I got into San Francisco late because, somewhere south of Bakersfield, I had accidentally left the Interstate and didn’t realize it for about 30 miles. Must have missed a split or something, and so ended up on a highway tacking northeast. I should have recognized it when the traffic lightened and the lanes narrowed, but it was night, and I had passed the excitement stage of the road trip and entered into a grim, 300-mile grind.
The San Joaquin Valley is flat and brown and looks basically the same from any point, if you’re not paying attention, especially at night.
I was on the old Highway 99-E. It’s what used to be the main north-south route on the West Coast. I couldn’t cut over back to the I-5 until after Bakersfield, through some town called Wasco, I think it was. The only other cars on the two-lane road were 18-wheelers, probably hauling produce or chickens. The air smelled of dirt and cow shit and early summer as it whistled through the window.
Anyway, so I rolled into San Francisco sometime around 3 a.m. A friend was letting me crash on her coach. She lived in an apartment in North Beach and had left a key under the mat. She was already asleep. I didn’t see her at all.
I slept on her couch for three hours and woke up to move my car before the meters started. I didn’t have a ticket, and my car hadn’t been broken into, which was a relief because nearly all of my possessions were crammed into it.
It was clear morning. I could see Alcatraz in the middle of the bay, and a fog bank sitting out by the Golden Gate. I decided to get coffee and something to eat before I left.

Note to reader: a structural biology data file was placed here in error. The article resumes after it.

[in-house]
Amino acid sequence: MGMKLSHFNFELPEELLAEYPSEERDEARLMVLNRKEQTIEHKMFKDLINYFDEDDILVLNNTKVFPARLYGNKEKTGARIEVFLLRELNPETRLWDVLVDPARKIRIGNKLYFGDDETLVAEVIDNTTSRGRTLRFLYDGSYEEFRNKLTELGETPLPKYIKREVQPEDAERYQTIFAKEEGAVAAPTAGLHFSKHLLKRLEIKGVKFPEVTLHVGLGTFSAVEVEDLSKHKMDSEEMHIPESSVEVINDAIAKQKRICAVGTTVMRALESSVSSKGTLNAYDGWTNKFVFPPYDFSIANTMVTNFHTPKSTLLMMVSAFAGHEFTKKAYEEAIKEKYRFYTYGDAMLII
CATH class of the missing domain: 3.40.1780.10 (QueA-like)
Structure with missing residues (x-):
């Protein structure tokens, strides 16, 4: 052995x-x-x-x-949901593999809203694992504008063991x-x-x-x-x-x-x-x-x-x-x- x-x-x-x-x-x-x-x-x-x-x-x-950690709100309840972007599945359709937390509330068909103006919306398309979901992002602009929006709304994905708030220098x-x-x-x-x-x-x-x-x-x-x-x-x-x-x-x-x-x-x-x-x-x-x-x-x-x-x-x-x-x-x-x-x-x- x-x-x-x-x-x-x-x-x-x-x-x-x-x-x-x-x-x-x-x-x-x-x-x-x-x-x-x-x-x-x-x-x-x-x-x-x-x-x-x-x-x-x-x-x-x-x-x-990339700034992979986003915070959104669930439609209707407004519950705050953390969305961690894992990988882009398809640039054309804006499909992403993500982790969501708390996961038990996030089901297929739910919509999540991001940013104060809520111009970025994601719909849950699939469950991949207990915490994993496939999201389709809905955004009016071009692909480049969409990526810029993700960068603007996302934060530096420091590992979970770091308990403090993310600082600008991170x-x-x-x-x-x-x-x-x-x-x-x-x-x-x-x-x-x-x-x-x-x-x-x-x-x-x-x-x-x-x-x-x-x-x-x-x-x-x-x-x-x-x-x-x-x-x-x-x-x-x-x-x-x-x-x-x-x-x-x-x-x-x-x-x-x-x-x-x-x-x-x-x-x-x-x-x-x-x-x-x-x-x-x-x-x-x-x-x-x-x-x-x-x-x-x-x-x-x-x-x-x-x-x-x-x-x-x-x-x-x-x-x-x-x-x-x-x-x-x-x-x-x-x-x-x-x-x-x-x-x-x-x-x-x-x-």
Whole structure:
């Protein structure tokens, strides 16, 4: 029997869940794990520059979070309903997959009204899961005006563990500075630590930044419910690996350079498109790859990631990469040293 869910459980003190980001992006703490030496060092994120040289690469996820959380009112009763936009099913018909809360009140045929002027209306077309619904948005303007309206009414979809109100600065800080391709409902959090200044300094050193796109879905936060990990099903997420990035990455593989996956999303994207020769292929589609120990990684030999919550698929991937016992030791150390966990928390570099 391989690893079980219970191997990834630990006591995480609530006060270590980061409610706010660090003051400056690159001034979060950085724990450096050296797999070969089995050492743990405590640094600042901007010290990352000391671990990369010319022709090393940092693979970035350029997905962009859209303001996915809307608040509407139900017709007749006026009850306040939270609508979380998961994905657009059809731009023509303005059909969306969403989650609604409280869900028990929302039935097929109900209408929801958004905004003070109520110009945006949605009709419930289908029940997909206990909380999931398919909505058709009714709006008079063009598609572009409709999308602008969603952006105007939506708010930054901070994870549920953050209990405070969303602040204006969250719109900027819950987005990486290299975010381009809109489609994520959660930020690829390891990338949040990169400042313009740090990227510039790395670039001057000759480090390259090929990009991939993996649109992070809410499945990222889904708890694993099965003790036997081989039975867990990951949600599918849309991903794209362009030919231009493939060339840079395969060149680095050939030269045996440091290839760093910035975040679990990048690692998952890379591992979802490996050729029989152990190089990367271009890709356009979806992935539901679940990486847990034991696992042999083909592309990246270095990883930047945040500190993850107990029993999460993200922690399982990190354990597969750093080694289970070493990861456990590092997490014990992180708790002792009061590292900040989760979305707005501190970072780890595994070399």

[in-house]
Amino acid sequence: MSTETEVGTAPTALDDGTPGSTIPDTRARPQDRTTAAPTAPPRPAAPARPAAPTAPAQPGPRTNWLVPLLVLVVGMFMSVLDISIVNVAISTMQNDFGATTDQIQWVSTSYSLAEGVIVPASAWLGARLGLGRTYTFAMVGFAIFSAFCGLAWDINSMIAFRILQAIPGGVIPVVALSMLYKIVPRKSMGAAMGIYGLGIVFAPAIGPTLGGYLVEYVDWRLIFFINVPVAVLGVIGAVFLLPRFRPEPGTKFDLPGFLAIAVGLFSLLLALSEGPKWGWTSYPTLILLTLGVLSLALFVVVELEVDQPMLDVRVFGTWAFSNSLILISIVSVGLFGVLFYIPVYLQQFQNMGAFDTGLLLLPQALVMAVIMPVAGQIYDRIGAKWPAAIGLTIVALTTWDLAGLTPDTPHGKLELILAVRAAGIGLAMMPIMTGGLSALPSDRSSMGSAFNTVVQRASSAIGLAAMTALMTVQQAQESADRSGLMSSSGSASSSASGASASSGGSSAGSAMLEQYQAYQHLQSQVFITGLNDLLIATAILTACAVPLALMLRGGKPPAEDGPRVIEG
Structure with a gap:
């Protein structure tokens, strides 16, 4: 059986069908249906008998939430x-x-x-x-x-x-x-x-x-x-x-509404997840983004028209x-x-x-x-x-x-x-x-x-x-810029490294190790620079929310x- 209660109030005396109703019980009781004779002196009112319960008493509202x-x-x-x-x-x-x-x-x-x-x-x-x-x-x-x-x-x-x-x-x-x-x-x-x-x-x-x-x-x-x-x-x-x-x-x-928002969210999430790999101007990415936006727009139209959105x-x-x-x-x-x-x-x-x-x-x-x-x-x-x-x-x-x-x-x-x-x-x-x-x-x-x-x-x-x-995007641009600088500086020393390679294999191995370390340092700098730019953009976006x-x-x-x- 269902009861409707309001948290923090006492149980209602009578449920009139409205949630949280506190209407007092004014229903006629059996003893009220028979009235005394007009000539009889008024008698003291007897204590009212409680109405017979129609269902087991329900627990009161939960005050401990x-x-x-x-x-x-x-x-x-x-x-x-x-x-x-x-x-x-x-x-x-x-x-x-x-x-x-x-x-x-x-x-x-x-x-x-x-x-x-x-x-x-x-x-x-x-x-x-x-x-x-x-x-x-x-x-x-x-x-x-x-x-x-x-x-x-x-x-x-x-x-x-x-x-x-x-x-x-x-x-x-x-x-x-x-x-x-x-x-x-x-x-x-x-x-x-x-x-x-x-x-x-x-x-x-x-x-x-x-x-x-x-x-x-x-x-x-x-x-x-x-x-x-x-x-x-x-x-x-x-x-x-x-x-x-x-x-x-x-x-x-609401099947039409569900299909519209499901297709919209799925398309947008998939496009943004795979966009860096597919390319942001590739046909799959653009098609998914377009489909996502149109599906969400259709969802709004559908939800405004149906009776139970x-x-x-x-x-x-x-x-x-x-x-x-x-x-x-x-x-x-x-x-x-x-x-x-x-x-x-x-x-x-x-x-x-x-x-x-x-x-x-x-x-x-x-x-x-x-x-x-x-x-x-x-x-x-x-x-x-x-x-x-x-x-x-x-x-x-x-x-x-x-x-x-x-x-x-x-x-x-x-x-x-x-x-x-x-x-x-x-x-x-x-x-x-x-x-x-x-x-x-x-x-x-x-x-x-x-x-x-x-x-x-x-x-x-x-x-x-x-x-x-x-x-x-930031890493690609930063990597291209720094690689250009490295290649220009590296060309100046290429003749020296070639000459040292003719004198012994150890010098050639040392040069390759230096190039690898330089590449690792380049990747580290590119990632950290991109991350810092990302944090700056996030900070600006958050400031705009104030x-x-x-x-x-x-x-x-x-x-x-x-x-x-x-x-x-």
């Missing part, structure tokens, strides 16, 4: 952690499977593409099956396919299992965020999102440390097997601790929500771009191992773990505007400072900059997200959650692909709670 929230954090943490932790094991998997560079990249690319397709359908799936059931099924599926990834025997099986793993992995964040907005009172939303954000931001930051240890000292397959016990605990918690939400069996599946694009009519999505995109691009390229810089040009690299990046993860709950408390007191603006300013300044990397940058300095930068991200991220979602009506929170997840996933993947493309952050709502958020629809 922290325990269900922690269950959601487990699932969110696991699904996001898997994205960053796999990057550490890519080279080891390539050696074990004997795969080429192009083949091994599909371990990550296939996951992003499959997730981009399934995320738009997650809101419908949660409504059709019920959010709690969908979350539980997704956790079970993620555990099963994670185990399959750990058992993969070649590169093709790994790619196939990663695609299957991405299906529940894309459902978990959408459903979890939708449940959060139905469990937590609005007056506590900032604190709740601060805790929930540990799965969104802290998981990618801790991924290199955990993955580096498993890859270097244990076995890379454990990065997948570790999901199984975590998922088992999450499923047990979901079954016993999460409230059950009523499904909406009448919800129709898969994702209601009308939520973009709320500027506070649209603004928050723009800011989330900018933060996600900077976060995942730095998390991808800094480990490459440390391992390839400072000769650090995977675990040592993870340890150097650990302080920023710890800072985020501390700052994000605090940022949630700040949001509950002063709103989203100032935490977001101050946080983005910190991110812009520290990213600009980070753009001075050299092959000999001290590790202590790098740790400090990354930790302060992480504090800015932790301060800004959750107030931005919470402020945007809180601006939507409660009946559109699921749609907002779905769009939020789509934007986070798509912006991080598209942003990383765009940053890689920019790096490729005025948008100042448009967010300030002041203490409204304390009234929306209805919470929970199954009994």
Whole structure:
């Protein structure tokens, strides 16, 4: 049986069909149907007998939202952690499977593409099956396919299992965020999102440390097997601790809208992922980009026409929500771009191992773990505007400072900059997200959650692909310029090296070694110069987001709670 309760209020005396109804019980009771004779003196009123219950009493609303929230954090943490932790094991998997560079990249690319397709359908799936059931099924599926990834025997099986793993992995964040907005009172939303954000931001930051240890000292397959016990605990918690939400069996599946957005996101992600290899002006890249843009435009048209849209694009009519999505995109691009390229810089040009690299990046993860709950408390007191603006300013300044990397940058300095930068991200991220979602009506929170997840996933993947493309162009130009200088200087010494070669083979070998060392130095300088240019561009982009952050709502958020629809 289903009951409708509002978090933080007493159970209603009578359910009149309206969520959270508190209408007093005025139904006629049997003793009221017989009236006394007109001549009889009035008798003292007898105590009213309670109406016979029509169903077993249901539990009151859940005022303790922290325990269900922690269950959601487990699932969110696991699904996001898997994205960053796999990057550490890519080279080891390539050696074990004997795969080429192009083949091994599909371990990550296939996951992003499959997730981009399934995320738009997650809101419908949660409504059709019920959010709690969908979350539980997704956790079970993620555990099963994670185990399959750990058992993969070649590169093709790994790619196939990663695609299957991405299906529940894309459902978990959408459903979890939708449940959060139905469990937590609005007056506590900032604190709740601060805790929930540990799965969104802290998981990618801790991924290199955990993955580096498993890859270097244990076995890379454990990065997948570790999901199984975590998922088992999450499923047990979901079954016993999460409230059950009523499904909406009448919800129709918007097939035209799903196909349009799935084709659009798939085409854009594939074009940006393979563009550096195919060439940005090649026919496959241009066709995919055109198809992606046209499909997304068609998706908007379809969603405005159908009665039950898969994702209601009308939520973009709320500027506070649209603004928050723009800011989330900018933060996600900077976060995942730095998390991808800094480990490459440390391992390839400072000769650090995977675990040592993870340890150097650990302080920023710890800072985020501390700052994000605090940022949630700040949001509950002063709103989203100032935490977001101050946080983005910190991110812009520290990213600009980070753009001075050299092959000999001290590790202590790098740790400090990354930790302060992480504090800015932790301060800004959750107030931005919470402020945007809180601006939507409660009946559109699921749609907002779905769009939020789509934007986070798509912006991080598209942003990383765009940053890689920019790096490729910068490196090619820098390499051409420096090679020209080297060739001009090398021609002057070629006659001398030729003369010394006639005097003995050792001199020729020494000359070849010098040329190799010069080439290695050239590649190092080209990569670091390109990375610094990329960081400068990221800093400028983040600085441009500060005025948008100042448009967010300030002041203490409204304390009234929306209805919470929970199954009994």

As I was walking back to my car, I saw a homeless man sleeping in the alcove of a building. He was wrapped in a moldy brown blanket riddled with holes. He was barefoot, and his trousers were shredded up to mid-shin. He was splayed, stomach-down on the bare concrete under the blanket. He was one of the most destitute homeless people I’d seen in America, even San Francisco, which has a lot of homeless.
A middle-aged woman stopped in front of the homeless man and took out a small digital camera. She was wearing a visor and a sweatshirt tied around her waist—a tourist uniform. Maybe she wasn’t, but that’s what she looked like. Solid upper-middle class, short, graying hair and glasses with gentle, rounded frames. And she took a picture of the man in the alcove while he slept there, unaware.
A lot of things went through my head. Why was she taking the picture? What value did it have for her? Did she consider this a Kodak moment from her visit to San Francisco, one she wanted to remember?
“Go fuck yourself,” is what came out of my mouth as I walked past.
The woman wheeled on me without hesitation, like a dog startled out of a fighting dream . “Go fuck yourself,” she snarled.
I had thought I would throw her off-balance, but instead I was walking away with my jaw hanging. In an alternate universe, that woman is a third-world warlord or an outlaw biker (“Hell’s Librarians MC”).
I got to my car and drove 10 hours to a bar in Eugene, Oregon and ordered a pitcher of beer.